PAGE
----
Travelling to America

Posted on Sep 21, 2006

Given my principle employers over the last fifteen years, I’ve spent a fair amount of time sitting in aeroplanes while they fly between the UK and and the US. Whilst doing the SFO to LHR trip last week, I was struck about how the experience has changed both a lot and a little over that time.

The increase in security would be an obvious change, but the truth is that it hasn’t really changed that much - I’m not sure that it took much longer on my last trip than on the first one, even with the supposed “improvements” and increased vigilance.

The amount of space afforded to each passenger is, depressingly, much the same as it always was. There may be even less space, or perhaps I’m just less flexible :-)

It is noticeable how the planes are generally much fuller now than I remember - it’s very rare (on Virgin at least) to have an empty seat next to you. Ten years ago it was not so uncommon and on a couple of occasions I had a full set of three seats to myself (with BA).

Virgin’s policy of requiring passengers to pay for exit row seats is a nuisance. At 6'4" I could really use the ability to stretch my legs, but paying $110 for the privilege seems too much. Given that I can use air miles to upgrade from Economy to Premium Economy, why not allow me to use them to get an exit row?

The Virgin entertainment system is good - at least in the case where it’s possible to choose films and start/stop them at will. Better hope that the person in front doesn’t put their seat back though, as that tilts the LCD screen too much and I can’t make out the contents of the bottom third.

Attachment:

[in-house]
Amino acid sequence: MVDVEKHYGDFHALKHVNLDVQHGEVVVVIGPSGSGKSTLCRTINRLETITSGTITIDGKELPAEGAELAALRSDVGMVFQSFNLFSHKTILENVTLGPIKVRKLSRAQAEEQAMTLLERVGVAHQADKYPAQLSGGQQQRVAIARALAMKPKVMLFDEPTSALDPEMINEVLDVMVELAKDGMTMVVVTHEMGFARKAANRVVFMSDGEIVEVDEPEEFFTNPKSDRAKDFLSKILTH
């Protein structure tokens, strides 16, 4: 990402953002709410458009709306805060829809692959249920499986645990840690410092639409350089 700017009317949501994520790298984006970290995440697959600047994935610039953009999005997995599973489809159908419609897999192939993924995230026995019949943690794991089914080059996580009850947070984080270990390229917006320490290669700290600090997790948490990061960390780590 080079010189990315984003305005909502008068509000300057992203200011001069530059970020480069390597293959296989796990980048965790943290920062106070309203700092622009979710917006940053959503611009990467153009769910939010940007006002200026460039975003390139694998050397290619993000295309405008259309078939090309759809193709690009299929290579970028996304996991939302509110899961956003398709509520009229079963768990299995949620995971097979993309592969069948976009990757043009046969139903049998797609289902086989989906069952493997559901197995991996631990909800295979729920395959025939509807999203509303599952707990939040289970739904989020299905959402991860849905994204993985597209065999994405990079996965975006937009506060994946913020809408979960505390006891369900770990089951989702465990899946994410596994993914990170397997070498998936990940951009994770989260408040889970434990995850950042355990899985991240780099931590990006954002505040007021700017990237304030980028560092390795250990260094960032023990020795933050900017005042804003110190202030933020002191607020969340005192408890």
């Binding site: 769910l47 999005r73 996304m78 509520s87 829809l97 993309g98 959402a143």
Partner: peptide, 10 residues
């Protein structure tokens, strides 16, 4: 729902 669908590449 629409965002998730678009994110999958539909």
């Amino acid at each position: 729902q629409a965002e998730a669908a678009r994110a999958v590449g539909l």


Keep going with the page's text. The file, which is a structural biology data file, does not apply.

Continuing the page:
Considering Premium Economy, it is definitely more comfortable. The food seems to be the same, but the extra width and leg room makes all of the difference. Strangely, the same didn’t seem to be true of the BA equivalent on a recent flight back from Denver - the seat was a little wider, but the leg room felt much the same.

Food has improved quite a bit, but the end result is nothing to write home about (except perhaps to complain).

In the end, ten hours in a metal tube is still a crap way to travel and, if I didn’t have time pressures (most of which arise from family rather than employer), I’d seriously consider going by boat and train

  • at least it would be possible to get a few days work done during the journey.

Now Playing: Time, by Pink Floyd (Dark Side of the Moon).